Policy and program issues in providing personal assistance services.
Government funded personal assistance service (PAS) programs exist in every state in the U.S., but serve only a small fraction of the estimated 9.6 million people who need the assistance of another person with basic personal maintenance, hygiene and household tasks. This includes 7.8 million non-institutionalized people (78% of whom receive services only from family and friends), 1.5 million people in nursing homes and .3 million people in facilities for people with mental retardation (Bureau of the Census, 1990; Pepper Commission, 1991; Rutgers University Bureau of Economic Research & World institute on Disability, 1990; LaPlante, 1989; Kraus & Stoddard, 1989). Most receive PAS through informal supports: family, friends, and volunteers (Bureau of Economic Research & WID, 1990). People with some types of disabilities or inadequate informal supports have historically been served in nursing homes and other institutional facilities by medical professionals and paraprofessionals.
Only in the last two decades have significant numbers of state government programs been developed specifically to provide PAS in homes and communities. The development of these services has been very uneven (Litvak, Heumann, & Zukas, 1987). Some states have restructured their long-term service delivery systems to include a strong component of community-based PAS, others rely primarily on institutional placement and informal supports.
Many PAS programs retain elements of the medical model (DeJong & Wenker, 1979) which has structured this country's institutional service delivery system. PAS programs are often structured on the premise that most program recipients need to be "taken care of". This paternalism is often quite overt, particularly among programs which serve older people or people with cognitive disabilities (Kimmich, 1991). Doctors, nurses, case-managers or other professionals may be very involved, overseeing the provision of narrowly defined and often strictly rationed personal assistance services (Dejong, Batavia, & McKnew, 1992). There is little or no choice on the part of the consumer as to who will provide PAS or how it will be provided. Moreover, most PAS programs are part of "welfare" systems, and tend to limit eligibility for services to people with low incomes (Litvak & Kennedy, 1991 b).
A few newer programs have developed largely in reaction to the-paternalistic model of service provision (Litvak, 1991). These programs attempt to minimize professional intervention, income restrictions, and work disincentives. They are designed to maximize consumer involvement and control in the delivery of PAS.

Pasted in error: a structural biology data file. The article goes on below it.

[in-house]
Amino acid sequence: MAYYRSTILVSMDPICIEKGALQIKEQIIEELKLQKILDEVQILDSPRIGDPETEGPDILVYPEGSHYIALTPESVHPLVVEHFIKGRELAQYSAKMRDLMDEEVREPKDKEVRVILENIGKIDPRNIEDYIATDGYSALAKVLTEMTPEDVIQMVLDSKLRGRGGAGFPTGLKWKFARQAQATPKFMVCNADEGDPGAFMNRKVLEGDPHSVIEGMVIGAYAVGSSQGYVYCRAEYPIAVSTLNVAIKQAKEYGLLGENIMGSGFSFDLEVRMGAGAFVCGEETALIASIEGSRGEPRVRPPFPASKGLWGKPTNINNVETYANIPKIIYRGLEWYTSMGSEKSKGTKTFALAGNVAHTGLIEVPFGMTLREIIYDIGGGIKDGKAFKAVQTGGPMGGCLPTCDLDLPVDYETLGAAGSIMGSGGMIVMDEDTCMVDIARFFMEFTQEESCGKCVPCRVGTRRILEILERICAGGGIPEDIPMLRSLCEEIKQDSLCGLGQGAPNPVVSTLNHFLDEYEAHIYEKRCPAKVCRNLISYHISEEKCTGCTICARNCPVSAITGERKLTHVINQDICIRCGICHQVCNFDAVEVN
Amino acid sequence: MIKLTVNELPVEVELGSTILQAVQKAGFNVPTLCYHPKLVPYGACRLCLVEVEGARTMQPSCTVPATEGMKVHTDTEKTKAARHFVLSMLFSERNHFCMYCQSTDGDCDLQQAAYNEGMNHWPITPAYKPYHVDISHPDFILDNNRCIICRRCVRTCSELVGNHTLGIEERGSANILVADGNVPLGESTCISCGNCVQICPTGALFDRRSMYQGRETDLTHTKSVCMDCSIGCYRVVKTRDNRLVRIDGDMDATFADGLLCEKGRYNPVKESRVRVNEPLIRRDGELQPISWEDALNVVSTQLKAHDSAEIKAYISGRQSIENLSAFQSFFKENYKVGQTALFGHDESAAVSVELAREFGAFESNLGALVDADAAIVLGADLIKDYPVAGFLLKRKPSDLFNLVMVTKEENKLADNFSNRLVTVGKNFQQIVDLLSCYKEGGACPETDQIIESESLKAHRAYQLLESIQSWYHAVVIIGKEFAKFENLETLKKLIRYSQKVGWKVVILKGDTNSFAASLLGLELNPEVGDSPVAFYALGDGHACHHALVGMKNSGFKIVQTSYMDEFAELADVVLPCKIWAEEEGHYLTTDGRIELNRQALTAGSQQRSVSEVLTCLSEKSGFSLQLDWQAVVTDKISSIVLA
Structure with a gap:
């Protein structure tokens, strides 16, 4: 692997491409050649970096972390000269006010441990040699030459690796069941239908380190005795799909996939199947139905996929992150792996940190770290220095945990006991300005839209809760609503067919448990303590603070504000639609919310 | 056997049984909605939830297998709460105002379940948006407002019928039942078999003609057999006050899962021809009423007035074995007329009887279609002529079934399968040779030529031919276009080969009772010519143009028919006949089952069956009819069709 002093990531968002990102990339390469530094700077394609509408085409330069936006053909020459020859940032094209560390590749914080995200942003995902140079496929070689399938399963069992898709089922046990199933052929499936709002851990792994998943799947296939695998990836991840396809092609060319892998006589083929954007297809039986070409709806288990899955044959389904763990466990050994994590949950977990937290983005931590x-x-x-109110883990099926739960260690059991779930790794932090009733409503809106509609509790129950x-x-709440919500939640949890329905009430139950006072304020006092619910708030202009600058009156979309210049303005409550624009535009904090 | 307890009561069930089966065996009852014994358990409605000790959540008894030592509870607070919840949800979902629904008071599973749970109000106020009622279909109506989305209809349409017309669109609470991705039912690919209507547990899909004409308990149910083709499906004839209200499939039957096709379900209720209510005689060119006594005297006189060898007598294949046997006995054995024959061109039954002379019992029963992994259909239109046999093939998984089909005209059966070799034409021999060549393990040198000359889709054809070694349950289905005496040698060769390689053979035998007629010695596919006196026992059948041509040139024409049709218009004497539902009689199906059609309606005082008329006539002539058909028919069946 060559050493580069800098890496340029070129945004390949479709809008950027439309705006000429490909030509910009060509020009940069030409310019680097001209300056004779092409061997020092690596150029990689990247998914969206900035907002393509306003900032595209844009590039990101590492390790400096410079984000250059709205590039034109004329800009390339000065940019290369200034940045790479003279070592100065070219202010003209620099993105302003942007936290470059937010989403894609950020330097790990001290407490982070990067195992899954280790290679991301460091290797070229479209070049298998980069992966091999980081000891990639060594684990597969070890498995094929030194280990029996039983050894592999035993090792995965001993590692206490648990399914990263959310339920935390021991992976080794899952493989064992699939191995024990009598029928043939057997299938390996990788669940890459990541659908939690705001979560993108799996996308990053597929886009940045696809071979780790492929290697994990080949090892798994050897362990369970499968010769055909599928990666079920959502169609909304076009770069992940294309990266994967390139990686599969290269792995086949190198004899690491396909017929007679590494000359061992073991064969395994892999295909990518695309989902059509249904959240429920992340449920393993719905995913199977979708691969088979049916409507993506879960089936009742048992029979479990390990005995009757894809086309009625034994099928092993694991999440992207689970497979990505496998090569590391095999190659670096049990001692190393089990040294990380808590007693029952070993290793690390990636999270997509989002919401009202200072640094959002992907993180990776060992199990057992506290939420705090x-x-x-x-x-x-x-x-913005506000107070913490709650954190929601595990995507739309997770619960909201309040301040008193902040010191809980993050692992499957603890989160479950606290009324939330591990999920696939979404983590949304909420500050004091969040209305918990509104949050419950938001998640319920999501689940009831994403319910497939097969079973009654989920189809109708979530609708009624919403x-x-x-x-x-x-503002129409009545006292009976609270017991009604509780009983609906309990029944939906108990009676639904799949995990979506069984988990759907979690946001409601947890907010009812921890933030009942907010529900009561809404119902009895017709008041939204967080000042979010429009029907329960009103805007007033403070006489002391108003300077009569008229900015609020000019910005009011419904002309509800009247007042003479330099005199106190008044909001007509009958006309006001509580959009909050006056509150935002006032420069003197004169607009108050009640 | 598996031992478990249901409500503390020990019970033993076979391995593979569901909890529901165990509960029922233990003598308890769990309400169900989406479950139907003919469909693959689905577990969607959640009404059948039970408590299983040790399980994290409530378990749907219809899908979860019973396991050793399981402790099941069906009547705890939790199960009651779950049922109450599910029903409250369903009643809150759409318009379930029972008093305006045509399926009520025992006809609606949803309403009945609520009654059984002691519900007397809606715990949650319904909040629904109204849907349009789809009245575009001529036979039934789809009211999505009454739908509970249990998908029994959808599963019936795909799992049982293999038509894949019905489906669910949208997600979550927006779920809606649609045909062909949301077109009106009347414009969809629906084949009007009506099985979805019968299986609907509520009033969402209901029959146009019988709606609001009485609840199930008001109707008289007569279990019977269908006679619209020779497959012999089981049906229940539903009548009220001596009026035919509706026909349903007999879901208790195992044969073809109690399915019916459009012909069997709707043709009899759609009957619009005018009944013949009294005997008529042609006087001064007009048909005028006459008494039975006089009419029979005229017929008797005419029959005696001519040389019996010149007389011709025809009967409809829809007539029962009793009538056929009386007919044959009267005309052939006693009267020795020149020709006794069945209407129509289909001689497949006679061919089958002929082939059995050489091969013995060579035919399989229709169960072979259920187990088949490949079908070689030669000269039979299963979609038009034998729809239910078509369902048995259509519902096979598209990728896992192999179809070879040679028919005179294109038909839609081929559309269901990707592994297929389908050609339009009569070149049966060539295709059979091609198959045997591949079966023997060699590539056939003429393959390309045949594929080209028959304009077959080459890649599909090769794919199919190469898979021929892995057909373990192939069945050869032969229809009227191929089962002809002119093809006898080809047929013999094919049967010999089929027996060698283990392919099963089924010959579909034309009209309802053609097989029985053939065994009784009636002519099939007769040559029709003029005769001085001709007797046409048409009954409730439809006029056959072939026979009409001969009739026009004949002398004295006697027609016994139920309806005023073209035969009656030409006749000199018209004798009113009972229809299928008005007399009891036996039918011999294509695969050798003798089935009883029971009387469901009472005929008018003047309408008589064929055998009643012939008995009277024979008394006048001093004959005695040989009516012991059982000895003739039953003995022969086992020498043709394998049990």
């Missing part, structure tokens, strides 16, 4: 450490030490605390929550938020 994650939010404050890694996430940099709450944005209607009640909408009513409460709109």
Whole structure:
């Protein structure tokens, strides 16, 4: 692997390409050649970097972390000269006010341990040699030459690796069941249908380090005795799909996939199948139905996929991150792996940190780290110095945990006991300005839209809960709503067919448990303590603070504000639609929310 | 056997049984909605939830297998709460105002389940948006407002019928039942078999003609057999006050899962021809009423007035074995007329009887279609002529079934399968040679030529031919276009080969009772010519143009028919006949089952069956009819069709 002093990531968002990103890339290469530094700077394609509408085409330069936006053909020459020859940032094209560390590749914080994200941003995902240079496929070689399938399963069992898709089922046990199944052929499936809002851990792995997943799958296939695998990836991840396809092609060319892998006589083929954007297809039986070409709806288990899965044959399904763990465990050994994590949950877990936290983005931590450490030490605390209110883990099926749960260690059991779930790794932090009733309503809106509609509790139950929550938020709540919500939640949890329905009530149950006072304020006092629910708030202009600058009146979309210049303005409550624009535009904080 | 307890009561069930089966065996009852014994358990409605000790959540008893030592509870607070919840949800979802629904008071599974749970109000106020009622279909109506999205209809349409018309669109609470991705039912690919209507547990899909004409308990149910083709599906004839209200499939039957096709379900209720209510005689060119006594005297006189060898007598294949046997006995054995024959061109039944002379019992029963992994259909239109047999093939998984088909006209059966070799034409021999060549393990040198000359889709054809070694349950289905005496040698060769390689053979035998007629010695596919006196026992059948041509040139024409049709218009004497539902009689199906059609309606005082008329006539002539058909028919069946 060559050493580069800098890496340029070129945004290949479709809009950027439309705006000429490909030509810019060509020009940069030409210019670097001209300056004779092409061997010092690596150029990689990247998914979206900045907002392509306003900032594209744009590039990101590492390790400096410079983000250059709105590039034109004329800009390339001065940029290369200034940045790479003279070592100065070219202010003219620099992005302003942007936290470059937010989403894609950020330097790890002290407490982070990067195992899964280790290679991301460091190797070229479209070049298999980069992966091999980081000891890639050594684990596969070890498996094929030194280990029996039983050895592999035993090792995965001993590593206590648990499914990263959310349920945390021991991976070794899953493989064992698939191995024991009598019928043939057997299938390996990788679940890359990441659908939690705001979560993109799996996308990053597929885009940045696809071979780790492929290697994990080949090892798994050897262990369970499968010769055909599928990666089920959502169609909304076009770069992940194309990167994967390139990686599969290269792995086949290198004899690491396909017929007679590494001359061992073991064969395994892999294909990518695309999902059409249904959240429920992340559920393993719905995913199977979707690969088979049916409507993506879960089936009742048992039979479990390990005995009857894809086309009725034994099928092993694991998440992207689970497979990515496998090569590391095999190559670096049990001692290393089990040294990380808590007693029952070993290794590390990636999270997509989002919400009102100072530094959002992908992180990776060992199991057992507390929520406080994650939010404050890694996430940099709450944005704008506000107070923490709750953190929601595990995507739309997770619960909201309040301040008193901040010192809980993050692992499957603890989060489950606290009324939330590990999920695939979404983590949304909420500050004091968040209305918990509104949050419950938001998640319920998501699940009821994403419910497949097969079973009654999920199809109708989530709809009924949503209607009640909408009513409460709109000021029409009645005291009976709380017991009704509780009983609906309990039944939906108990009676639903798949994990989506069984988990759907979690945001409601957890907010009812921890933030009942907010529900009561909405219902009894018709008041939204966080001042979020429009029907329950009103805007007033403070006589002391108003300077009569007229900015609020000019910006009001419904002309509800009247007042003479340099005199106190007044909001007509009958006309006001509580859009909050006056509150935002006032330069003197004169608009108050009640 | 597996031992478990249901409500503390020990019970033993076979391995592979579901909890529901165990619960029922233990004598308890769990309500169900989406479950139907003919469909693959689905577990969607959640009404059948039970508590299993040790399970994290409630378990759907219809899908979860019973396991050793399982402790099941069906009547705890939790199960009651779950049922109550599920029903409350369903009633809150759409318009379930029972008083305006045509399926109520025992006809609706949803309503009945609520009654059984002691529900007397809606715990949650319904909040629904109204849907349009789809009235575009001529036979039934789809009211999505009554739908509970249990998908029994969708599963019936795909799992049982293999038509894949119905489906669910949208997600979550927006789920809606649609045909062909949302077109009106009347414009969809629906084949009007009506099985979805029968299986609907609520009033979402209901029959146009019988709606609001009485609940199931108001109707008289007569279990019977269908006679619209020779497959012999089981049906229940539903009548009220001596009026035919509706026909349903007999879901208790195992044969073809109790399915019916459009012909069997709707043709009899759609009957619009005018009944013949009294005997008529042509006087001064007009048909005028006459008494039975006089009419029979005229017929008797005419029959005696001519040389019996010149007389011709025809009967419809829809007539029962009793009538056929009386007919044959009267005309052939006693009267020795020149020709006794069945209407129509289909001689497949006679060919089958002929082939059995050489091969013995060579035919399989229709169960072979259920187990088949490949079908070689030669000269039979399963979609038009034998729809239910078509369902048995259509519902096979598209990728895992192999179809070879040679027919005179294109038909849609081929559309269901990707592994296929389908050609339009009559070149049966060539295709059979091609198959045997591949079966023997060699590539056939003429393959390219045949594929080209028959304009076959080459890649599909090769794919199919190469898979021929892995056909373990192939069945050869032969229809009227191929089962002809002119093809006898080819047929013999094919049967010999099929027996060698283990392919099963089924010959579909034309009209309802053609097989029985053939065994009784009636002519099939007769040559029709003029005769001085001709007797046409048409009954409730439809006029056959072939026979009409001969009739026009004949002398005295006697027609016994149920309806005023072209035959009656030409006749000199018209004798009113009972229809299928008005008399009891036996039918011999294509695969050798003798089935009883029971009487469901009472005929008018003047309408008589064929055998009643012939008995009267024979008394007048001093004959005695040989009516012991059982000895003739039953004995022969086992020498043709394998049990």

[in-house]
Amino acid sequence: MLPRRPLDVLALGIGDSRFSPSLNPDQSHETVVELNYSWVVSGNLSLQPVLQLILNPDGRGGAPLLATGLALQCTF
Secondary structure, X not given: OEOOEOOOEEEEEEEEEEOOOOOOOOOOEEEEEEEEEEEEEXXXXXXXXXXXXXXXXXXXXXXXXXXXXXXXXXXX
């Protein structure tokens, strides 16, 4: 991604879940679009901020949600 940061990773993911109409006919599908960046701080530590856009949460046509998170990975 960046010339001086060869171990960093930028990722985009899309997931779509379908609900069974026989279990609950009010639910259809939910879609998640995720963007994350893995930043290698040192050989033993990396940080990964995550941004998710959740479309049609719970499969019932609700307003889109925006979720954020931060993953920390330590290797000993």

States are currently faced with growing pressure to develop and expand a system of community based services. Between 1984 and 1988, average caseloads in existing PAS programs grew by over 10%, while costs grew at an even higher rate (Litvak and Kennedy, 1991b). A number of factors have contributed to this increasing demand.
Institutions have become an expensive way of providing long term services. According to the Pepper Commission 1990), Medicaid nursing home expenditures now top $43.5 billion - over 80% of total long term care expenditures. The spiraling costs of health care have impacted the nursing home industry, increasing staffing and administrative costs. Institutions also face growing resistance from disability advocates who view institutional placement as a form of costly and dehumanizing incarceration, and describe community based PAS as a basic human and civil right (Degener, 1992; Ratzka, 1992). At least on an individual basis, home and community based personal assistance services offer a cost-effective alternative to institutions (Kotler, Wright, Jaskulski and Kreisberg, 1985).
As medical technologies improve and the so-called "baby-boom" generation ages, growing numbers of people with disabilities are seeking long term services (U.S. General Accounting Office, 1991 a). At the same time, informal service provision by family members, the dominant source of PAS in this country, is becoming less viable, due to shifting family structures and increasing numbers of women entering the workforce (Etheredge, 1987). An affordable system of government funded PAS which augments existing support systems and creates a workforce of non-medical attendants to provide PAS is therefore becoming an economic necessity Ball, 1989).
II. Current State Systems
It is perhaps an exaggeration to refer to the current patchwork of programs and services for people with disabilities in each state as "systems". States may utilize a variety of federal funding sources to provide PAS (Litvak & Kennedy, 1992). Current state and federal funding sources include:
* Medicaid (Title XIX) Personal Care Option and Waiver funds
* Social Services Block Grants (Title XX)
* Older Americans Act (Title III)
* State income supplements to SSI, as well as solely state
* Medicare (Title XVII) for short-term PAS only
* Vocational Rehabilitation (for VR clients only)
* Veterans Administration Aid and Attendants Allowance